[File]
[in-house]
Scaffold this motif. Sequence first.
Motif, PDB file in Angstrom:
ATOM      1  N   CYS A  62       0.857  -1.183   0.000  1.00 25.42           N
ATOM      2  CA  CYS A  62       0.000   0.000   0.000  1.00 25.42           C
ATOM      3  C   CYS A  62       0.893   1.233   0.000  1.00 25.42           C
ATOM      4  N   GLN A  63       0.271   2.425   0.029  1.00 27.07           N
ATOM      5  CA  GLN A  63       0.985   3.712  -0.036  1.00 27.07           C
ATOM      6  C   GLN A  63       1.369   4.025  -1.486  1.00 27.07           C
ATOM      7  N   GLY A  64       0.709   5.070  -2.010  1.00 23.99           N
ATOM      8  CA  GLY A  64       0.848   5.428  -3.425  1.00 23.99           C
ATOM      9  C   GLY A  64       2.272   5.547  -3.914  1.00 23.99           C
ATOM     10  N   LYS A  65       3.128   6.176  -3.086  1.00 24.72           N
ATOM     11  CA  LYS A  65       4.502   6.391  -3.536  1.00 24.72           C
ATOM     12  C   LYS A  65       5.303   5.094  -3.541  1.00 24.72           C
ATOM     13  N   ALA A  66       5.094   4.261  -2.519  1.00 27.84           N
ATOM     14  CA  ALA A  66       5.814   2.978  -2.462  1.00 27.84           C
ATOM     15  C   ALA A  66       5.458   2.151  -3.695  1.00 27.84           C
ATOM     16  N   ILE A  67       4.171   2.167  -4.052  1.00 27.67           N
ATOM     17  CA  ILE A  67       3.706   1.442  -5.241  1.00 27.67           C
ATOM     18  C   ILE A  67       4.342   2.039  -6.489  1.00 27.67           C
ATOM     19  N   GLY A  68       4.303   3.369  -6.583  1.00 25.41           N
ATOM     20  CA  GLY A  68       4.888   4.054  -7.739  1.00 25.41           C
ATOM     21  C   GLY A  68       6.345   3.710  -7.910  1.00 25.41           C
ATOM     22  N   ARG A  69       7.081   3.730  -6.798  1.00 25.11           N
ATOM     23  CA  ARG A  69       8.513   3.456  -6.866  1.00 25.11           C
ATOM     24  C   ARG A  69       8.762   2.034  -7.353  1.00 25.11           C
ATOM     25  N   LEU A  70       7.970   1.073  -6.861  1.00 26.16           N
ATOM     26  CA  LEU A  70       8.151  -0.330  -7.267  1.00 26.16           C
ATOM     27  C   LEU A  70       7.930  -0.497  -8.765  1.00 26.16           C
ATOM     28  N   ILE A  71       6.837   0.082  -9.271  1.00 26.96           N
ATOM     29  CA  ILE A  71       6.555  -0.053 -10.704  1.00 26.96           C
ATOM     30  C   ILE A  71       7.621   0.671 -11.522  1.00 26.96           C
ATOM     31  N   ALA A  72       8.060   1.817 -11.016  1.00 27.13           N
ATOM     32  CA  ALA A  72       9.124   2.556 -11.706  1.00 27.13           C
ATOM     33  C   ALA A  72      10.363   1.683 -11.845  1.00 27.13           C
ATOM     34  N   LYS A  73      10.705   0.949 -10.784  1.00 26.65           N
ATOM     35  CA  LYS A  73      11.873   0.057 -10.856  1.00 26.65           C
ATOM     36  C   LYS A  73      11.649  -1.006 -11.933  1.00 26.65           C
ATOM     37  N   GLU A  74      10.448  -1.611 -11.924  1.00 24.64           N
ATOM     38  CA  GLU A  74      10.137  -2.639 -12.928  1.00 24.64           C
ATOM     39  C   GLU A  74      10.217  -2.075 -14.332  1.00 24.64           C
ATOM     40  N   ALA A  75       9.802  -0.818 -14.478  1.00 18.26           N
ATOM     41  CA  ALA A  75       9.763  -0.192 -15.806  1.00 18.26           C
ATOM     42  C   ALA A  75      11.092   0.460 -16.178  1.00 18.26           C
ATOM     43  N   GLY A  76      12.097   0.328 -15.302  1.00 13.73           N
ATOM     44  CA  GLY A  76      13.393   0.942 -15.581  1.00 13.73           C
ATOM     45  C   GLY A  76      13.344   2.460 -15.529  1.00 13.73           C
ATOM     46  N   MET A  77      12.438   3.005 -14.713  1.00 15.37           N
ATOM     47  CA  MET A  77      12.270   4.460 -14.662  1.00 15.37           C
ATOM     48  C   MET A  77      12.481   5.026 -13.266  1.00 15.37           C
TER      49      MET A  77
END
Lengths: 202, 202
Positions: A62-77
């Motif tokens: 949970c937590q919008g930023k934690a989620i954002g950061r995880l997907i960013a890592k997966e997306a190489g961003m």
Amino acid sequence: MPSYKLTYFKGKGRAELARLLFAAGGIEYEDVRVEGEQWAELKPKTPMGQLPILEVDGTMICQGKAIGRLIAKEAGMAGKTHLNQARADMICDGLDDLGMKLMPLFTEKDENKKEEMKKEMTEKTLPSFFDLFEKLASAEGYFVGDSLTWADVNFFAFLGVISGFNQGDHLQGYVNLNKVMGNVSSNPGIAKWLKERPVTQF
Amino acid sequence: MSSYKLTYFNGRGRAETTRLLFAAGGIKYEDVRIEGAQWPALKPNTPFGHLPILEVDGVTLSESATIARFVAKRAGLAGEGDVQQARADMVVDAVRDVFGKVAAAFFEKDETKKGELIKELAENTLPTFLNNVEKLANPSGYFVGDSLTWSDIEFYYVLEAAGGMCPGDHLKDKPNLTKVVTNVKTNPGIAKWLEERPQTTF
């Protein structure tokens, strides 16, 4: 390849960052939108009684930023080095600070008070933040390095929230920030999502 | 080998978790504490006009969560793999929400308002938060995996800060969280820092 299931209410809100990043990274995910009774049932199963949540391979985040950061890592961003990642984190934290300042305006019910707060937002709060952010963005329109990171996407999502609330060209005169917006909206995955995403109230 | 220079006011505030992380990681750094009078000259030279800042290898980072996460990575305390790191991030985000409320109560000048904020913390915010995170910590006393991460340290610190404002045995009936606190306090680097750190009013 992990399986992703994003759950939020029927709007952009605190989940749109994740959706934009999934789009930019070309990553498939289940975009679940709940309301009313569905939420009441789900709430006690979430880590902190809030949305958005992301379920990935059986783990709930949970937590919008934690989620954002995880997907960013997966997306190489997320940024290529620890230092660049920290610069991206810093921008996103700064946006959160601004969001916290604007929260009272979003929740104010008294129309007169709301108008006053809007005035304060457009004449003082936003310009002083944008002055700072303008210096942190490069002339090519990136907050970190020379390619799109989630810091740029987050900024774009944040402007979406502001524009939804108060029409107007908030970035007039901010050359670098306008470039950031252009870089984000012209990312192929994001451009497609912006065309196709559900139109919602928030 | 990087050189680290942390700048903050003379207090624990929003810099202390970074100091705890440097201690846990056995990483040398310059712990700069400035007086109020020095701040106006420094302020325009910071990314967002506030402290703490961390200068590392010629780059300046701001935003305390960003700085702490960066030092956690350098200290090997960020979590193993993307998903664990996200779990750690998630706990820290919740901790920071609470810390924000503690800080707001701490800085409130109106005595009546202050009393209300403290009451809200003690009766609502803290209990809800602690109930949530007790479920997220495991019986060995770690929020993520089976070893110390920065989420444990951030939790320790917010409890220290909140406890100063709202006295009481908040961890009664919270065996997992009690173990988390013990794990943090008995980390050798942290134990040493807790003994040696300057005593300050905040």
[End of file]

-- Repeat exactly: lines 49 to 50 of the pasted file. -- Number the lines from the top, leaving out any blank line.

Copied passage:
ATOM     46  N   MET A  77      12.438   3.005 -14.713  1.00 15.37           N
ATOM     47  CA  MET A  77      12.270   4.460 -14.662  1.00 15.37           C